Shenale Silva, a Sri Lankan national who had received her acceptance letter from Manipal University to pursue Bachelors in Dental Studies and started college on 16 September this year, said, “After getting my admissions done and starting classes for about a week they are asking us to leave because we haven’t taken the NEET. The thing is that we are foreign students and I am not eligible to write the NEET exam. My question is how am I supposed to clear NEET if I am not even eligible to take the examination?”
While the court ruling specifies that NEET needs to be cleared by all students, the NEET eligibility criteria say only Indian nationals and Overseas Citizens of India (OCI) can take the exam. It makes no mention of foreign nationals. Students who are citizens of various countries and have applied for MBBS and BDS (Bachelors in Dental Studies) courses in private institutions in India now may lose a year. The number of students admitted to MBBS/BDS courses under the foreign category for the academic year 2016-2107 in Manipal University is 22 and they come from Sri Lanka, Bangladesh, US, Canada, Australia and Nepal.
Distraught parents of these foreign students have been running from pillar to post seeking help. Shenali Silva’s father, Tilak Silva has flown down to New Delhi from Colombo. He met with the Sri Lankan High Commission officials who have said that they would be taking up the matter with the Indian Ministry of External Affairs. He said, “We respect India as a world university and they are closing the doors to foreign students. This is not nice. This is not correct. We are taking up the matter with the Government of India asking them to intervene. Please allow foreign students to come and be able to share knowledge.”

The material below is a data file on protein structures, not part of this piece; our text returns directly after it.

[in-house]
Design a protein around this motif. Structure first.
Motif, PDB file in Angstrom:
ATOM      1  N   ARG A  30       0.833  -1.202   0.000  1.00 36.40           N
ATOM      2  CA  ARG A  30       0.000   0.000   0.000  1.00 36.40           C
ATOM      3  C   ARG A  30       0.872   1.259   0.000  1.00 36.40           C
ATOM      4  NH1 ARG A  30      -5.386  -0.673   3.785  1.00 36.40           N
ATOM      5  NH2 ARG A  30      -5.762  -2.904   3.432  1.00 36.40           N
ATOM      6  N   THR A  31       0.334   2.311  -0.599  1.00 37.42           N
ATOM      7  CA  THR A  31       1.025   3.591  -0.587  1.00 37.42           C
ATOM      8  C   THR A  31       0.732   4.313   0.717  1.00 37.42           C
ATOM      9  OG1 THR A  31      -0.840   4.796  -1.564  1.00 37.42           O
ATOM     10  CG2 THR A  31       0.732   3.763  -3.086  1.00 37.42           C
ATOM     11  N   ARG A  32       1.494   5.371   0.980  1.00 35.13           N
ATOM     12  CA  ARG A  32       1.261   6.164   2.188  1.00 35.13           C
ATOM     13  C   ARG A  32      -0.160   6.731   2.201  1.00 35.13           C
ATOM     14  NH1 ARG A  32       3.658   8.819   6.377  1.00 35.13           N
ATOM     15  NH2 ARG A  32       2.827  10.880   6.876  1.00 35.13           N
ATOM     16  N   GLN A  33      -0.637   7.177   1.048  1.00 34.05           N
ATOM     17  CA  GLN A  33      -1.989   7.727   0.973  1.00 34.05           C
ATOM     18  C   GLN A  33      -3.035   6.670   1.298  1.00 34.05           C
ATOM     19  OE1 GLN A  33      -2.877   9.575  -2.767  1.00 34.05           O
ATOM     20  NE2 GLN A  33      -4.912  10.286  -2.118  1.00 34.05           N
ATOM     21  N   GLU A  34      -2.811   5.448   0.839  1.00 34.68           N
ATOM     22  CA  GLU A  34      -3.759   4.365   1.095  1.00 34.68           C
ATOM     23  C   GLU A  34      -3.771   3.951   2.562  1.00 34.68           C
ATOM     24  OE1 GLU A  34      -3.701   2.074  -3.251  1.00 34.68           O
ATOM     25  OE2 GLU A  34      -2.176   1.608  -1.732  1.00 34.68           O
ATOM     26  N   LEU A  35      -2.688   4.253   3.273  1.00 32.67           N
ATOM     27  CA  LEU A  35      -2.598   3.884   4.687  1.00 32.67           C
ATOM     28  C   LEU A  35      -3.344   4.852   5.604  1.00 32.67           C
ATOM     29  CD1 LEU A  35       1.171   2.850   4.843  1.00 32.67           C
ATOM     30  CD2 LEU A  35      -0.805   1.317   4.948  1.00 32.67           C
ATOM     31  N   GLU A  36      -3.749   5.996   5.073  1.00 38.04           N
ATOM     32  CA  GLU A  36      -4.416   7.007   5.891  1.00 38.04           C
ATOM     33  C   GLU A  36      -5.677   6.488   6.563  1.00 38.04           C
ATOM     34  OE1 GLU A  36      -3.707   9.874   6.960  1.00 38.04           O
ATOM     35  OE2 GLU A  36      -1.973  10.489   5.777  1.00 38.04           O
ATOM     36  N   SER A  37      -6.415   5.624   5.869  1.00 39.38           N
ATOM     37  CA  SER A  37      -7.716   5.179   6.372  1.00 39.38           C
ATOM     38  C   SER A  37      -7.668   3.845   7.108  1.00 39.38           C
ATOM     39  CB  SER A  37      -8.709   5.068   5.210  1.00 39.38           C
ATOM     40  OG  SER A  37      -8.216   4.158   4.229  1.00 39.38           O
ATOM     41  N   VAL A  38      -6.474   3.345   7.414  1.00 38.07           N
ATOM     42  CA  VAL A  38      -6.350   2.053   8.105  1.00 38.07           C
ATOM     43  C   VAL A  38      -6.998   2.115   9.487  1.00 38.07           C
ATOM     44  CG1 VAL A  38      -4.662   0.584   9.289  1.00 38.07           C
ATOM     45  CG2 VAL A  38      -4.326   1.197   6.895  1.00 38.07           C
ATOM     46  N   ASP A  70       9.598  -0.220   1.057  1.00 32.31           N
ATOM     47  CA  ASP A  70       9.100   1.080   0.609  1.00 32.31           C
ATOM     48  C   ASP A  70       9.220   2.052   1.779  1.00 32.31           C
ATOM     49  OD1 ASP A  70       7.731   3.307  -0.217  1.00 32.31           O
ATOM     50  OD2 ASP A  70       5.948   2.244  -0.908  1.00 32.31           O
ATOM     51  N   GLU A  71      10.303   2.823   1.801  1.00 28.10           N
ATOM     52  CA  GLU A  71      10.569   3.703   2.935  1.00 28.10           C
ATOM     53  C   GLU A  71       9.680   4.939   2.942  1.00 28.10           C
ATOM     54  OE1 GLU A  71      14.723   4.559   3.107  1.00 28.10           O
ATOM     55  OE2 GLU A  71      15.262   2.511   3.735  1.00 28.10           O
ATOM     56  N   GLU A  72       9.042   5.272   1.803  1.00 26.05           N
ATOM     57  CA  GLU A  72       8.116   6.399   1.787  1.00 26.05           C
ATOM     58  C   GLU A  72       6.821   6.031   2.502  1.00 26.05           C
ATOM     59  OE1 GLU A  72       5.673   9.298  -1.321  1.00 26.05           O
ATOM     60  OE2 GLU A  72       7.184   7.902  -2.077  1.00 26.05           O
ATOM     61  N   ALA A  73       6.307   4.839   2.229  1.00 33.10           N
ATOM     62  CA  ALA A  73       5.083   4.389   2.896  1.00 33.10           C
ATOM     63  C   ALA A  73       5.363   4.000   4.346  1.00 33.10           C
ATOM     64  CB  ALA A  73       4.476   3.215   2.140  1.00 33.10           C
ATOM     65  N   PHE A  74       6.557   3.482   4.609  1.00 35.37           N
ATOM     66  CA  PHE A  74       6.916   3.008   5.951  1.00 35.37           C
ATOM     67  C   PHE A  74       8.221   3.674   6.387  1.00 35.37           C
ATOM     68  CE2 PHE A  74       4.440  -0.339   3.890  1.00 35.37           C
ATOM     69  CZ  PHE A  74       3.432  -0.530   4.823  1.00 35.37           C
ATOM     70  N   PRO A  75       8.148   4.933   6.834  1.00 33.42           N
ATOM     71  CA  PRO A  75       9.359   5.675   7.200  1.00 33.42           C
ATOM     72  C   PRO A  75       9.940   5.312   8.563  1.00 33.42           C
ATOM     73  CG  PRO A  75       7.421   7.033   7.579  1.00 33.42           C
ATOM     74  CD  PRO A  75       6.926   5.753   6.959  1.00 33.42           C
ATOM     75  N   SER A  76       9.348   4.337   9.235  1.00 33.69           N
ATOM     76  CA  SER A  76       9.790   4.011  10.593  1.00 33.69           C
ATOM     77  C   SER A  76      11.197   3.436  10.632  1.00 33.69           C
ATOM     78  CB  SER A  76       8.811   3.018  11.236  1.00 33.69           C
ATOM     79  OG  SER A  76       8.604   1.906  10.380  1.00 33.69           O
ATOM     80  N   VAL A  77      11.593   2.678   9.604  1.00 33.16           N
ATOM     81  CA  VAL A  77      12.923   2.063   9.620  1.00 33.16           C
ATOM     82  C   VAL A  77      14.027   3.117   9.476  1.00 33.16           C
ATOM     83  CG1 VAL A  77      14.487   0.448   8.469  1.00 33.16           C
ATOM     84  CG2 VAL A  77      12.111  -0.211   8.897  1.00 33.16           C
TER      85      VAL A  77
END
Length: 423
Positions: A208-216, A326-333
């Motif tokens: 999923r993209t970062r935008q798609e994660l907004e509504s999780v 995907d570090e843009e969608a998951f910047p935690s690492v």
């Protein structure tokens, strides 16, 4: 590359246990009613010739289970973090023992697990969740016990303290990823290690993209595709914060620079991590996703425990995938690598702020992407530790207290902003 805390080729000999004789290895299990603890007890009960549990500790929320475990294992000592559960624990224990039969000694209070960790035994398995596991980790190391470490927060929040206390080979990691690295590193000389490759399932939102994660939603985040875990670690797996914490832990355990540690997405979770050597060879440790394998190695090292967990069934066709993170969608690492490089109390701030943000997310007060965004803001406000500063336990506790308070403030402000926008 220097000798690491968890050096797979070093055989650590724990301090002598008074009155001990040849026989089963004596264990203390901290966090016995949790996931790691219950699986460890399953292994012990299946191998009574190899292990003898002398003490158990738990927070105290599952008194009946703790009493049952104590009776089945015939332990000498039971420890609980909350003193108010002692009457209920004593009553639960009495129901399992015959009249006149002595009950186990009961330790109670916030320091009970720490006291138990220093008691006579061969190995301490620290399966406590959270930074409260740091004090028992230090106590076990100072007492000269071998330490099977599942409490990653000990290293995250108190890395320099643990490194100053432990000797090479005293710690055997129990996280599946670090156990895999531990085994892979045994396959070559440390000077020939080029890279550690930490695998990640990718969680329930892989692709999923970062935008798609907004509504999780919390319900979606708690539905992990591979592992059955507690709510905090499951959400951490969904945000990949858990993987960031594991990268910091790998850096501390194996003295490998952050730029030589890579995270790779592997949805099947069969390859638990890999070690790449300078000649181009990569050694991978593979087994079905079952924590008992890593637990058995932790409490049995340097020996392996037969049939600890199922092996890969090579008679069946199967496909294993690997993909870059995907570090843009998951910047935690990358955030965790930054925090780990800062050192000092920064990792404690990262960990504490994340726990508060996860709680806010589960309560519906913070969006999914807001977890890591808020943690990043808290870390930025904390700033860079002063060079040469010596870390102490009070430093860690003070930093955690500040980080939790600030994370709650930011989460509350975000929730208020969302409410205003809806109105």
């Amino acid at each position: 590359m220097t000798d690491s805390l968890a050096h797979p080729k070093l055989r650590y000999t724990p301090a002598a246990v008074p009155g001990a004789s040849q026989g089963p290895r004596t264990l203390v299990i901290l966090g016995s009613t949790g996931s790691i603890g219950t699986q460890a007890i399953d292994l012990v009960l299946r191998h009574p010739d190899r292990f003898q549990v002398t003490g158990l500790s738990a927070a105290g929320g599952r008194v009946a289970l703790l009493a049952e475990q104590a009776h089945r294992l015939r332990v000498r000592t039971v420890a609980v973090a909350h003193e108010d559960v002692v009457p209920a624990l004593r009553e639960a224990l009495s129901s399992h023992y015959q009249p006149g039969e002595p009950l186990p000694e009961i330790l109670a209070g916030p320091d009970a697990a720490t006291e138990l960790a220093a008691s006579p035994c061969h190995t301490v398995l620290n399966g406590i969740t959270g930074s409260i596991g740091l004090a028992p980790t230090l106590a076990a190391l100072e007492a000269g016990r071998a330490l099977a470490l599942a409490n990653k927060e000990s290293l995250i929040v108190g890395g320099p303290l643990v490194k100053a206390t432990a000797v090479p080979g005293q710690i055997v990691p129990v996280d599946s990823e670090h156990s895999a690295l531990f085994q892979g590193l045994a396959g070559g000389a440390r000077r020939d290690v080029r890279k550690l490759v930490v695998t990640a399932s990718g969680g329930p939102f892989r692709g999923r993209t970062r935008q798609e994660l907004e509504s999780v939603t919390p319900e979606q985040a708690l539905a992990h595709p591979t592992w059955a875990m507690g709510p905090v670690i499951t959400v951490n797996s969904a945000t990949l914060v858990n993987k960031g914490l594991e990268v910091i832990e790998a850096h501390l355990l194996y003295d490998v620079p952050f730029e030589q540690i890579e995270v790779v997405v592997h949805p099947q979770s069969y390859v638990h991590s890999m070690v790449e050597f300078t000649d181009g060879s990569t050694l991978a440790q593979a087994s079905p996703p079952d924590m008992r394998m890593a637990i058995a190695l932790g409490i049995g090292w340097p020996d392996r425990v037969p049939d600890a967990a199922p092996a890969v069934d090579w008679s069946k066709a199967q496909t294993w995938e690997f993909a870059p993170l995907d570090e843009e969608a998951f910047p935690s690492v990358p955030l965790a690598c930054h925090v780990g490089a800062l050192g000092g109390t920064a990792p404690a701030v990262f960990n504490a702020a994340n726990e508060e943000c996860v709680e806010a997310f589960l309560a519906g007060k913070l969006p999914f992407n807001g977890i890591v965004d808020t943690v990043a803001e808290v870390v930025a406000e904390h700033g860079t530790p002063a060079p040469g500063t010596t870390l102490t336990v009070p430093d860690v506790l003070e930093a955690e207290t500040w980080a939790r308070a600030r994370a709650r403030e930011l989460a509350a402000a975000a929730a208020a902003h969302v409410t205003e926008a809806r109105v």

Manipal University on Friday informed the foreign students that the last day for admissions in BDS was Friday, 7 October and with no resolution in sight, the students would have to leave.
Devika Ganju, another affected student who hails from Canada, said, “I am absolutely devastated. To travel across the world and to be told to leave is extremely devastating. We had confirmed admission letters. Not once were we told about the exams or the need to write any exam”.
The Sunday Guardian got in touch with the Registrar of Manipal University Narayana Sabhahit, who said, “We are actually helpless. We had to ask them to leave. We wrote to the HRD ministry questioning the policy. The government on the one hand, says students from abroad should come and study in India and on the other hand, NEET has to be cleared by everyone when there is no provision for foreign nationals to write the examination. We are in a fix.”
He added: “The students in our university are going through such trauma for the last 10 days. They are literally in tears. We tried our best to fight their case. The MCI should have included foreign nationals in the criteria of eligibility. The government will definitely have to change its policies. We will be taking up the matter with the government.”